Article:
Jan’s online garden hints

Jan’s February Tips

-Get seed and plant orders in as early as possible so you won’t be disappointed. Prevent poor performance of your garden plants by ordering disease-resistant varieties whenever possible.

-To prepare for starting seeds indoors, collect containers such as milk cartons, paper cups or cardboard boxes, and punch drainage holes in the bottoms. If you want to recycle pots left over from last year’s bedding plants, rinse them out and run them through the dishwasher, or sterilize them in a 10 percent solution of chlorine bleach.

-Use a ready-made, soilless mix formulated for indoor seedlings.

-Store completely-cooled fireplace ashes to use as a source of potassium in the garden next spring. (Remember to use the ashes sparingly for most plants and not at all for fertilizing acid-loving plants such as blueberries and azaleas.)

-Get mower blades sharpened now, before the spring rush. Buy an extra blade, too, so you’ll always have a sharp blade on hand.

-Build a coldframe to stretch your garden season in both spring and fall.

-Stockpile empty milk jugs. As you have time, cut the bottoms from the jugs to get them ready to provide temporary protection for your new garden transplants this spring.

-To brighten the house with fresh flowers, bring in branches of crabapple, flowering dogwood, flowering quince, forsythia, magnolia, pussy willow, redbud or serviceberry. Put the branches in a vase of warm water. Every day or two, change the water. Keep the vase out of direct sun. Expect the buds to start opening in several weeks.

Vegetables, fruits and herbs:

-Sketch a plan for your vegetable garden. Remember to rotate each crop (especially tomatoes and all members of the cabbage family) to a new spot to decrease problems with diseases and pests.

-Start broccoli, cabbage, celery, head lettuce, leek, onion, and pepper seeds indoors.

-When you prune grapes, keep in mind that the vines bear fruit only on year-old wood. Leave four branches on the central trunk, plus four short shoots that can grow to produce next year’s crop. Remove any mummies, which can spread disease.

Flowering plants:

Watch for blooms of the season’s first tiny bulbs such as multicolored snow crocuses, white snowdrops, and yellow winter aconites. On warm days watch for the unfurling of the strap-like yellow petals of vernal witch hazel flowers.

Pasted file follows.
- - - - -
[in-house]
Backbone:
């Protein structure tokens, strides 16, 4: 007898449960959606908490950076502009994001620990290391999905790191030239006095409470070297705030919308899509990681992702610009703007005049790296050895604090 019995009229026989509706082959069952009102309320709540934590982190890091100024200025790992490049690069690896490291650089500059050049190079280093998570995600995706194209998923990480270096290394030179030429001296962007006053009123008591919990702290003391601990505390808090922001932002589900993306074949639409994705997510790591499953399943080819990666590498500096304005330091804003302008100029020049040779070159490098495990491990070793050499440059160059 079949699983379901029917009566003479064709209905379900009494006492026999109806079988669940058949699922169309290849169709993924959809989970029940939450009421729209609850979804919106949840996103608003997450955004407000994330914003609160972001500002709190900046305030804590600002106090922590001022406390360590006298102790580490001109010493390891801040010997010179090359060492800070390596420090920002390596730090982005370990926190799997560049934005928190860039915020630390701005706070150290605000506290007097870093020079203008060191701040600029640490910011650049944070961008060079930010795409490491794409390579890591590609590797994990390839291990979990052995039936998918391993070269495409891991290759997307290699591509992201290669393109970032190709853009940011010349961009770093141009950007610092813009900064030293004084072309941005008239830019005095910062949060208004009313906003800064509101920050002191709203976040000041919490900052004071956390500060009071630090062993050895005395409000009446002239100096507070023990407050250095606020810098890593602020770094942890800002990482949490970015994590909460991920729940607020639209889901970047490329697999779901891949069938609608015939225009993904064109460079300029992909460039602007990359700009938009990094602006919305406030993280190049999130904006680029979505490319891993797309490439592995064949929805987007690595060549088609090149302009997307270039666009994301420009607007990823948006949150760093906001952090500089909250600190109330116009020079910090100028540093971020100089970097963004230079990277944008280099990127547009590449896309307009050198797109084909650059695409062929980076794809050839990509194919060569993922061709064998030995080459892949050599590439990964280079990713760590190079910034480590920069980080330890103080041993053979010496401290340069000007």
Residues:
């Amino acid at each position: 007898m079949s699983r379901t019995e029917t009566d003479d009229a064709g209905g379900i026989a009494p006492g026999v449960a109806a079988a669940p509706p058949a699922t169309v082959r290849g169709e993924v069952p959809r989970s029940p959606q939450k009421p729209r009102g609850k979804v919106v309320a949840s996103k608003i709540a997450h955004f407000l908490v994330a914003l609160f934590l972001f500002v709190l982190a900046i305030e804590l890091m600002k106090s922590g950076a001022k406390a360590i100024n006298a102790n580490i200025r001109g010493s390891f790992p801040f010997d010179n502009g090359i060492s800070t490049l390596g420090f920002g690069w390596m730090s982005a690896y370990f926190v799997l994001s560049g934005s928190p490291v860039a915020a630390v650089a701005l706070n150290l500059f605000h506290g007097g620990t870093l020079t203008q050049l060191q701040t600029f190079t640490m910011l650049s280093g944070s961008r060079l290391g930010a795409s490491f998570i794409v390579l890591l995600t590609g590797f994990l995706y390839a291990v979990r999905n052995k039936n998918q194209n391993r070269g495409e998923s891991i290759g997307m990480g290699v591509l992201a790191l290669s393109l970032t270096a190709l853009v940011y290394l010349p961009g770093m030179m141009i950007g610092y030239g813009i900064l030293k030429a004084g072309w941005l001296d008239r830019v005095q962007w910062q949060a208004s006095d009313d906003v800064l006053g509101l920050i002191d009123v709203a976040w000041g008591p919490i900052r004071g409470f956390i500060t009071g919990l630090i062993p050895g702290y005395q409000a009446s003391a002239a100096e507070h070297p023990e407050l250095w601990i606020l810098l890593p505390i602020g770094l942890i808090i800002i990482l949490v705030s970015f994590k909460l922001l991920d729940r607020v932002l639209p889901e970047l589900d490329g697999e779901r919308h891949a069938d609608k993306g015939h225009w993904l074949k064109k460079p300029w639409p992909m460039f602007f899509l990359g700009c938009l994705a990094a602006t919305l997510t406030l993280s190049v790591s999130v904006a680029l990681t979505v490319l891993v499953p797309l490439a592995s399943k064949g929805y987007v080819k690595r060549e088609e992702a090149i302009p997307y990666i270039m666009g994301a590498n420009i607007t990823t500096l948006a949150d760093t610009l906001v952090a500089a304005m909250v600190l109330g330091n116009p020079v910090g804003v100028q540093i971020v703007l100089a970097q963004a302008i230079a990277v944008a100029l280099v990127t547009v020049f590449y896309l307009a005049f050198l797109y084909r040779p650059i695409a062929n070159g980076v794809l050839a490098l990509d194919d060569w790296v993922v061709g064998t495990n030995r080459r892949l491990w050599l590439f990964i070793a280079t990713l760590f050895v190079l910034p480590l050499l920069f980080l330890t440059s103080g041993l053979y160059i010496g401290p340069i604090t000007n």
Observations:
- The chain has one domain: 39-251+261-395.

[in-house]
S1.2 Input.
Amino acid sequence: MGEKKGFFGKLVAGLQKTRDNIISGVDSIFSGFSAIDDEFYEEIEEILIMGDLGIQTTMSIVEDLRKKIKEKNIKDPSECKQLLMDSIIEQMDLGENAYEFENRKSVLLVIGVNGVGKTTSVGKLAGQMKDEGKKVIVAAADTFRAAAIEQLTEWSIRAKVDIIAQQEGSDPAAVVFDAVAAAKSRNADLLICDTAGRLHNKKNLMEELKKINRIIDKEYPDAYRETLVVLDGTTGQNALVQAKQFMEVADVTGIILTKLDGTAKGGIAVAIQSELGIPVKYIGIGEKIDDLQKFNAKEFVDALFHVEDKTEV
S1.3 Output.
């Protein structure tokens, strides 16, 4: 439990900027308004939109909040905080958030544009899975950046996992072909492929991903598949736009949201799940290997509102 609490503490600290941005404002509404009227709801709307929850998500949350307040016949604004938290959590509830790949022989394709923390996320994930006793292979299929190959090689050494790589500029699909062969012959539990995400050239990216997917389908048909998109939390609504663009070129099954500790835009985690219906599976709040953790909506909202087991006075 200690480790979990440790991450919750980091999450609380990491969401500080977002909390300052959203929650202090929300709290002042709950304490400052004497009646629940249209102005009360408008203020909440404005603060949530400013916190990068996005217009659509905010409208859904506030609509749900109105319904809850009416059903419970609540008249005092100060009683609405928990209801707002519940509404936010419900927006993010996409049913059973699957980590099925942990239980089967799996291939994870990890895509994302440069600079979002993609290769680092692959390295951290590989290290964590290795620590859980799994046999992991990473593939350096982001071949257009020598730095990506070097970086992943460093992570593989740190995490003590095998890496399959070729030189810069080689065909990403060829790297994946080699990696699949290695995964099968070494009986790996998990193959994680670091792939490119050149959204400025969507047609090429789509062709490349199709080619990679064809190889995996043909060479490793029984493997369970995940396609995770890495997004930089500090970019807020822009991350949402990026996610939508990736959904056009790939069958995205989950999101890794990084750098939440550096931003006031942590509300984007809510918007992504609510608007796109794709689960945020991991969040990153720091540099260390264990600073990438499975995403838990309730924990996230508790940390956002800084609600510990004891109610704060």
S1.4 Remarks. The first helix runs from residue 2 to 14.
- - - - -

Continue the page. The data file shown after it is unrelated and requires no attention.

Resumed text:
-If you didn’t get your tulips and other hardy spring-flowering bulbs planted last fall, don’t try to save them until this coming autumn. Instead, plant them as soon as a patch of ground thaws enough for digging the planting holes.

-Start seeds of begonia, geranium, lisianthus, pansy, snapdragon, stock and viola indoors.

-Check stored cannas, dahlias and other bulbs and tubers in storage. Throw out any that are rotted, shriveled or riddled by pests.

Around the yard:

-During any prolonged warm spell, check shallow-rooted plants such as chrysanthemums and strawberries. If alternating freezing and thawing have pushed the roots out of the soil, use your foot to gently push the plants back into place. Shovel extra snow over perennials to help protect them from fluctuating temperatures, but avoid using snow from areas where you’ve applied deicing salts.

-Water evergreens any time the soil isn’t frozen or covered with snow.

-Inspect trees and shrubs for damage from rabbits. If necessary, install a cylinder of wire mesh or other barrier to prevent further damage.

-Use mild days to get an early start on pruning trees and shrubs. Remove any broken, diseased or rubbing branches. If a young tree has two leaders, remove one. Also remove any thin, upright shoots arising from previous pruning cuts or from the ground. Prune oaks now while they’re dormant to avoid attracting insects that can spread oak wilt.

-For pruning jobs too big to tackle with hand tools, call a professional arborist. Don’t let anyone talk you into “topping” a mature tree, which not only looks bad but also encourages weak, fast-growing, upright sprouts from every cut.

-Renew shrubs such as forsythia and lilacs by removing at ground level one-third of the thickest branches.